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Sky Tonight—April 28, Spica is your guide star to Omega Centauri cluster

Posted By Editor On April 27, 2011 @ 10:15 pm In Earth & Sky | Comments Disabled

Courtesy of EarthSky
A Clear Voice for Science

Visit EarthSky at
www.EarthSky.org [1]

phases r 23 Sky Tonight—April 28, Spica is your guide star to Omega Centauri cluster  [2]apr28 Sky Tonight—April 28, Spica is your guide star to Omega Centauri cluster  [3]Silvery-blue Spica, the only prominent star in the constellation Virgo, acts as your guide to the Omega Centauri globular star cluster. To the unaided eye, Omega Centauri looks like a faint (and possibly fuzzy) star. Very few of the Milky Way galaxy’s 250 or so globular clusters [4] are readily visible without optics.

To find Spica [5], extend the curve of the Big Dipper handle, as illustrated on our April 5 [6] EarthSky Tonight. Spica transits – climbs to its highest point in the sky – around midnight tonight. Spica’s precise transit time for your sky is available at the US Naval Observatory [7]. Like any star, Spica transits 4 minutes earlier with each passing night.

Spica: Speed on [5]

As seen from mid-northern latitudes, Spica and Omega Centauri [8] transit due south in concert. Look for Omega Centauri about 35 degrees directly below Spica. (A fist at an arm-length approximates 10 degrees.)

People living south of 35 degrees north latitude have a realistic chance of spotting Omega Centauri, though it has been seen as far north as Point Pelee, Canada (42 degrees north). Best appreciated with a telescope, Omega Centauri, the largest and brightest of all globular star clusters, is a globe-shaped stellar city, teeming with millions of stars!

Omega Centauri: Largest and brightest star cluster [8]

Top tips for using ordinary binoculars for stargazing [9]

By Bruce McClure [10]

 

 

Astronomy Picture of the Day from NASA/JPL [11]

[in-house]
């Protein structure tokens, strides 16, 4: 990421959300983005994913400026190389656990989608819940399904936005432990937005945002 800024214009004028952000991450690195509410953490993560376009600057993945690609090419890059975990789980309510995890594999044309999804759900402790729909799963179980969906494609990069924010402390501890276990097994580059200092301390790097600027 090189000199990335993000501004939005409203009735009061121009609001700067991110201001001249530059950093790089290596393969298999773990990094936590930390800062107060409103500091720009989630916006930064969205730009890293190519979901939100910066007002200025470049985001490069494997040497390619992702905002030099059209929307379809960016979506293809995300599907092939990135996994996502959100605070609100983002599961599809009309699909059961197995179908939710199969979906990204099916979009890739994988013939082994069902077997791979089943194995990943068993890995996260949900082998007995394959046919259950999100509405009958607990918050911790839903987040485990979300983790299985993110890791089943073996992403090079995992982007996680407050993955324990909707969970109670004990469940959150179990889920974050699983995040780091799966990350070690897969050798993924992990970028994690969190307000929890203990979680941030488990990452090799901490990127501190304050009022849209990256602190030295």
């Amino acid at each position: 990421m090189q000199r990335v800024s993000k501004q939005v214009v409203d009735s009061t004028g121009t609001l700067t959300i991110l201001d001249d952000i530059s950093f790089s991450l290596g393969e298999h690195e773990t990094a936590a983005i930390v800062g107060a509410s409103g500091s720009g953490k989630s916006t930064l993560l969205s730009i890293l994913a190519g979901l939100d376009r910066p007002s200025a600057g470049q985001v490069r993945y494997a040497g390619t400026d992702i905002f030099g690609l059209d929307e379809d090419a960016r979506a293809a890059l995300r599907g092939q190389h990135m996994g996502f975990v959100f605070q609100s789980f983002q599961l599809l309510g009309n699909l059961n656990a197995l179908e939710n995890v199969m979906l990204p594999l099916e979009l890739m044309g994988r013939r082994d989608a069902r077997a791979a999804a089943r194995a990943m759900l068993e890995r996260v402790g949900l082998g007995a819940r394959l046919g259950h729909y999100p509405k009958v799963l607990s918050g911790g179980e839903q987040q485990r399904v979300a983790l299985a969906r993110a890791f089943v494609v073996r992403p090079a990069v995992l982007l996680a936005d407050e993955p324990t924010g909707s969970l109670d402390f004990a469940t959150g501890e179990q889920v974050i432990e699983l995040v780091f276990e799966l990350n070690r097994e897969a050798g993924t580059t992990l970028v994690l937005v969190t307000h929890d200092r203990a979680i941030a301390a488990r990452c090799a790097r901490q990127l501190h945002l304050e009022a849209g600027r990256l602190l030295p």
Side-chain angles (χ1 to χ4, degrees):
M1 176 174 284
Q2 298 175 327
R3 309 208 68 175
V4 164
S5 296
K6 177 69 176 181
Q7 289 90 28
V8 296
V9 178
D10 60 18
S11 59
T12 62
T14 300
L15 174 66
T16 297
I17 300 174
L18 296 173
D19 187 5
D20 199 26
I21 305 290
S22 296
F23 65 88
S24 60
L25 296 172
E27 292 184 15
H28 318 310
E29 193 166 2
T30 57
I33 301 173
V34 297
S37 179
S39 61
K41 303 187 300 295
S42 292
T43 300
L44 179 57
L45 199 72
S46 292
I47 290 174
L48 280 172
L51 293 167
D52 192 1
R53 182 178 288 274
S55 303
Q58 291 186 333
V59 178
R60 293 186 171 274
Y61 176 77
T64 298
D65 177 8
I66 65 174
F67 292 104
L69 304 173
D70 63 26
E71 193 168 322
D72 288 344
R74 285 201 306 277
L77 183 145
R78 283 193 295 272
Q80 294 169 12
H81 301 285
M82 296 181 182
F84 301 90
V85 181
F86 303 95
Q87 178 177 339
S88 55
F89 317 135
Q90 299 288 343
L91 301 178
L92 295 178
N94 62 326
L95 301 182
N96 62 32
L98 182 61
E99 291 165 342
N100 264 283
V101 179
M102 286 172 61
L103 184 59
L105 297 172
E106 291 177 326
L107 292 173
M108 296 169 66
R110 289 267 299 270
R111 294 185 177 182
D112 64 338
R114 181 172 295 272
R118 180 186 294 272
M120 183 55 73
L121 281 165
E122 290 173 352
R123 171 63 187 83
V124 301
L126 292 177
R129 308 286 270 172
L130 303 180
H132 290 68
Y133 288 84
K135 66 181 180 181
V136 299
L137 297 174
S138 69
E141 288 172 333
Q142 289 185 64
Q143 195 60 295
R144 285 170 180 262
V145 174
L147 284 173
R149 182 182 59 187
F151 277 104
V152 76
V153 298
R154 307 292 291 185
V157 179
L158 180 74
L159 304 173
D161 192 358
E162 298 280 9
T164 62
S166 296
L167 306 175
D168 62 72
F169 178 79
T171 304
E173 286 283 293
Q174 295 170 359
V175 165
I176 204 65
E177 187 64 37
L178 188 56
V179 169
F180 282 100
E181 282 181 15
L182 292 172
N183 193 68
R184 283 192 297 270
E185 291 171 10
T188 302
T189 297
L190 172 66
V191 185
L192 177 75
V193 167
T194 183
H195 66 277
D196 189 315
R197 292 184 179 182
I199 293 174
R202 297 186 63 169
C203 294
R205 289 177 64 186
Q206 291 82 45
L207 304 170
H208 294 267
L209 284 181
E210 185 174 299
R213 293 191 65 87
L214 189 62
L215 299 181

EarthSky: Space [12]

CHANDRA Photo Album [13]

U.S. Naval Observator Astronomical Information cente [14]r

Universe Today [15]

StarDate Online [16]

Sky and Telescope [17]

National Geographic [18]

Space Com [19]

Simostronomy Blog [20]

Amazing Space [21]

The York County Astronomical Society [22]

Scope City [23]

James S McDonnell Planetarium [23]


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URLs in this post:

[1] www.EarthSky.org: http://www.EarthSky.org

[2] Image: http://www.berthoudrecorder.com/wp-content/uploads/2011/04/phases-r-23.jpg

[3] Image: http://www.berthoudrecorder.com/wp-content/uploads/2011/04/apr28.jpg

[4] globular clusters: http://www.daviddarling.info/encyclopedia/G/globclust.html

[5] Spica: http://earthsky.org/tonightpost/brightest-stars/speed-on-to-spica-the-15th-brightest-star

[6] April 5: http://earthsky.org/es-tonight/drive-a-spike-to-spica

[7] US Naval Observatory: http://earthsky.org/astronomy-essentials/sunrisesunset-moonrisemoonset-almanacs

[8] Omega Centauri: http://earthsky.org/clusters-nebulae-galaxies/omega-centauri-milky-ways-prize-star-cluster

[9] Top tips for using ordinary binoculars for stargazing: http://earthsky.org/astronomy-essentials/top-tips-for-using-ordinary-binoculars-for-stargazing

[10] Bruce McClure: http://earthsky.org/team/brucemcclure

[11] Astronomy Picture of the Day from NASA/JPL: http://antwrp.gsfc.nasa.gov/apod/

[12] EarthSky: Space: http://earthsky.org/space

[13] CHANDRA Photo Album: http://chandra.harvard.edu/photo/

[14] U.S. Naval Observator Astronomical Information cente: http://www.usno.navy.mil/USNO/astronomical-applications/astronomical-information-center/astronomical-information-center

[15] Universe Today: http://www.universetoday.com/

[16] StarDate Online: http://stardate.org/

[17] Sky and Telescope: http://www.skyandtelescope.com/observing/ataglance/

[18] National Geographic: http://news.nationalgeographic.com/news/

[19] Space Com: http://www.space.com/nightsky/

[20] Simostronomy Blog: http://simostronomy.blogspot.com/

[21] Amazing Space: http://amazing-space.stsci.edu/tonights_sky/

[22] The York County Astronomical Society: http://www.ycas.org/tonights_sky.htm

[23] Scope City: http://www.scopecity.net/

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